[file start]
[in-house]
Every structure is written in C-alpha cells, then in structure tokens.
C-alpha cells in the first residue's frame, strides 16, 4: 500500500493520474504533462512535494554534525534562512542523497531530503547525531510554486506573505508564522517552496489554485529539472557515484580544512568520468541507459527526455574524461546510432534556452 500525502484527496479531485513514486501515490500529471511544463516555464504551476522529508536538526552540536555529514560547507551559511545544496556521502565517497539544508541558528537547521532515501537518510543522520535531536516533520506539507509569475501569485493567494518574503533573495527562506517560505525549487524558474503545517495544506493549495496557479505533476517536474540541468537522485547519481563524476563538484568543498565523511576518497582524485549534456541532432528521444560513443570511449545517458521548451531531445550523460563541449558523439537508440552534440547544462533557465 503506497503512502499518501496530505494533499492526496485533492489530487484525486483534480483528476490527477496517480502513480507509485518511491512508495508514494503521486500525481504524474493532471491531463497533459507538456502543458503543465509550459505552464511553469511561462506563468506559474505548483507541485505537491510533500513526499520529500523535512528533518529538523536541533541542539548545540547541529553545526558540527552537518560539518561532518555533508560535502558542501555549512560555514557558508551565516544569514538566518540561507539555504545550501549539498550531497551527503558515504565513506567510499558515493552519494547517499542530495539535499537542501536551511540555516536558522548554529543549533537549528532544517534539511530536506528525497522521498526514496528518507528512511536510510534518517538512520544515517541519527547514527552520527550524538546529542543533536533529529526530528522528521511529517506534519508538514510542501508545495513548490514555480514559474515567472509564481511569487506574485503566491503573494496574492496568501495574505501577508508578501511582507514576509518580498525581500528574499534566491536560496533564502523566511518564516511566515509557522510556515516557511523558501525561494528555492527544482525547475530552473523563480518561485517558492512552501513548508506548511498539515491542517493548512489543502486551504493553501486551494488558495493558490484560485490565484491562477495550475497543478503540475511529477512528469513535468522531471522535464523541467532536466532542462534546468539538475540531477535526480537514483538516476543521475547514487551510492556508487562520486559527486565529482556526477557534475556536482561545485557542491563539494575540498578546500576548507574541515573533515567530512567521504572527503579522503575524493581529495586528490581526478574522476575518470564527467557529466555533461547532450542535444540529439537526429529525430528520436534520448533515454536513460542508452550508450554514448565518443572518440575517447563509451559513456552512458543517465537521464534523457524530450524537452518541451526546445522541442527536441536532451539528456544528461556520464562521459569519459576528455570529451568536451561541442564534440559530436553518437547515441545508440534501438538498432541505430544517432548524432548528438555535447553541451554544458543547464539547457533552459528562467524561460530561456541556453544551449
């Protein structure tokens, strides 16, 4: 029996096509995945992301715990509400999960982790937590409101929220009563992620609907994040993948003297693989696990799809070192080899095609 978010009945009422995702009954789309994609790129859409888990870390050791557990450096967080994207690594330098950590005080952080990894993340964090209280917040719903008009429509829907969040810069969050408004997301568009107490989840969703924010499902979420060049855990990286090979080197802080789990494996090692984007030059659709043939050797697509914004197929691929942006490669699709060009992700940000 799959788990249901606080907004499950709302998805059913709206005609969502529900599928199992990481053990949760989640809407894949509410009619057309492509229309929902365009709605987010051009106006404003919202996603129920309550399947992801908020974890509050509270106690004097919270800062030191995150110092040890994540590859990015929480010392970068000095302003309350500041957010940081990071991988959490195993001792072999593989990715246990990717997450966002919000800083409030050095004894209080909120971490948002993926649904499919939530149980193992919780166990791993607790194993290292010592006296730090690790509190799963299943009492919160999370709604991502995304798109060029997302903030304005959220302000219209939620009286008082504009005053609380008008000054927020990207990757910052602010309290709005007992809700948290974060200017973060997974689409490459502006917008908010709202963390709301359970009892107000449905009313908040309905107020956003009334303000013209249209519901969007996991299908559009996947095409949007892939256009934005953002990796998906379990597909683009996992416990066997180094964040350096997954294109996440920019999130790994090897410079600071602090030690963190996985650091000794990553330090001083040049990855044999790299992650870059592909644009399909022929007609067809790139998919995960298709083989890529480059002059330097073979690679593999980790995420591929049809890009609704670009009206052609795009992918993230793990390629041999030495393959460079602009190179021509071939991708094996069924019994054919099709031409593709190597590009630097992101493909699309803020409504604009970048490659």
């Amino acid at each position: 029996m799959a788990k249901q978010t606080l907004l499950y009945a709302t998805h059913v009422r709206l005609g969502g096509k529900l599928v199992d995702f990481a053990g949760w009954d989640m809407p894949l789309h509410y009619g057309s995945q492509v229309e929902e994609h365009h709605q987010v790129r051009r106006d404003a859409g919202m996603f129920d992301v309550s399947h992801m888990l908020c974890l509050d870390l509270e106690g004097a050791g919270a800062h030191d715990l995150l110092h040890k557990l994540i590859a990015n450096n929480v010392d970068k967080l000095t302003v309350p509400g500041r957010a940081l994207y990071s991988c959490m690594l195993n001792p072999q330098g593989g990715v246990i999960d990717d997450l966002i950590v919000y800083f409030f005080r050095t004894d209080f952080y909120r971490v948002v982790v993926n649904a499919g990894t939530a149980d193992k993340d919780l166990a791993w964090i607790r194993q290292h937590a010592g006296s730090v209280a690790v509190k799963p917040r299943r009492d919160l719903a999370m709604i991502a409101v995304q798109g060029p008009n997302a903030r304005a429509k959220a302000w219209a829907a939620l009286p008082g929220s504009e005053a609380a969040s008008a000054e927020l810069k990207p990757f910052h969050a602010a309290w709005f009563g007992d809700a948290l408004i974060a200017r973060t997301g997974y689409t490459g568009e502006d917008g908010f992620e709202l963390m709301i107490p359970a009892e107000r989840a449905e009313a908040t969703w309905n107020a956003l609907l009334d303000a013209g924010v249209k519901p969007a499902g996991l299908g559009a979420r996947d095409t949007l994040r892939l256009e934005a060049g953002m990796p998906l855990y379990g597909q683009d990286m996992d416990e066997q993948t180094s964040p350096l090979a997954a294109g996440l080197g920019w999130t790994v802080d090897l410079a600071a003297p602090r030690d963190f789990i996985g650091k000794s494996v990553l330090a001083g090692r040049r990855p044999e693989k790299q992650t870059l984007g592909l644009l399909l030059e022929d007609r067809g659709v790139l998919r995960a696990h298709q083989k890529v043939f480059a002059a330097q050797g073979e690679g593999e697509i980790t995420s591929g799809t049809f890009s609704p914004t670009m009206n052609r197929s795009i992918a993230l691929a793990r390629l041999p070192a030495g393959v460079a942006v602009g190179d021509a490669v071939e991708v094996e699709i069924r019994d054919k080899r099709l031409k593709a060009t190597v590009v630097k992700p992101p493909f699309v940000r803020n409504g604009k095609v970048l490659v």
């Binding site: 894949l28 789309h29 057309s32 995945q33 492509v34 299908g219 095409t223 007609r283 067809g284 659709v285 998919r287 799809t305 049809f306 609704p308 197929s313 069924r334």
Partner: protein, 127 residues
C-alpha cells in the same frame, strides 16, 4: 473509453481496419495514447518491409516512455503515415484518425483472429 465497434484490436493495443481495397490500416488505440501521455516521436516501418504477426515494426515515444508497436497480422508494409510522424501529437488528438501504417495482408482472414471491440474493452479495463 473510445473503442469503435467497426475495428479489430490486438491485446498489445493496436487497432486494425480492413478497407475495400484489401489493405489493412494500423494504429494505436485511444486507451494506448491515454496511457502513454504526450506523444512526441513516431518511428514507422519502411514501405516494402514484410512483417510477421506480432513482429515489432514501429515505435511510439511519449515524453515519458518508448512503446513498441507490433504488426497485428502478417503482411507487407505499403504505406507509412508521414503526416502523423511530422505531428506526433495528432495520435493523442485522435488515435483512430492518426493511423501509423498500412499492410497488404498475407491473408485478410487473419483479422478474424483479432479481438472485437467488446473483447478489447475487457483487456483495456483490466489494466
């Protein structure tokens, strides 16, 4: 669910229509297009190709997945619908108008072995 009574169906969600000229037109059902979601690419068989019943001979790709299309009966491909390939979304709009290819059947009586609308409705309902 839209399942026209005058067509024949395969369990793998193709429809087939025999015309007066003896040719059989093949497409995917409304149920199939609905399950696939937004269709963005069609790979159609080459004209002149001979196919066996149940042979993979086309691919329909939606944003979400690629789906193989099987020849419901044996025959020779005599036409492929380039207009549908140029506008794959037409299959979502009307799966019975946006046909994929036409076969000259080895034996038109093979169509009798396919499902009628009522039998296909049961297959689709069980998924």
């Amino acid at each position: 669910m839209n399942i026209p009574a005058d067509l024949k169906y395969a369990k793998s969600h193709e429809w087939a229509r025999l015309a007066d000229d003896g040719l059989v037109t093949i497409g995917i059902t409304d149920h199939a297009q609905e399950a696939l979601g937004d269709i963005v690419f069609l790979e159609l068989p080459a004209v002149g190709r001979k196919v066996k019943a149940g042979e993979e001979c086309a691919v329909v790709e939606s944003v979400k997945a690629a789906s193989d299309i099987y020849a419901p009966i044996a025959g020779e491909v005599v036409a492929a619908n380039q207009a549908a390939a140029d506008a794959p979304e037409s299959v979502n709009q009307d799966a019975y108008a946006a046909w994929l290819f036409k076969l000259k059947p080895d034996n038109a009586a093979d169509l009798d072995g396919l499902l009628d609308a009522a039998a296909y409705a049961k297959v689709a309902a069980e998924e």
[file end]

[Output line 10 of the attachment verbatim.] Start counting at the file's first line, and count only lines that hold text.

């Amino acid at each position: 669910m839209n399942i026209p009574a005058d067509l024949k169906y395969a369990k793998s969600h193709e429809w087939a229509r025999l015309a007066d000229d003896g040719l059989v037109t093949i497409g995917i059902t409304d149920h199939a297009q609905e399950a696939l979601g937004d269709i963005v690419f069609l790979e159609l068989p080459a004209v002149g190709r001979k196919v066996k019943a149940g042979e993979e001979c086309a691919v329909v790709e939606s944003v979400k997945a690629a789906s193989d299309i099987y020849a419901p009966i044996a025959g020779e491909v005599v036409a492929a619908n380039q207009a549908a390939a140029d506008a794959p979304e037409s299959v979502n709009q009307d799966a019975y108008a946006a046909w994929l290819f036409k076969l000259k059947p080895d034996n038109a009586a093979d169509l009798d072995g396919l499902l009628d609308a009522a039998a296909y409705a049961k297959v689709a309902a069980e998924e």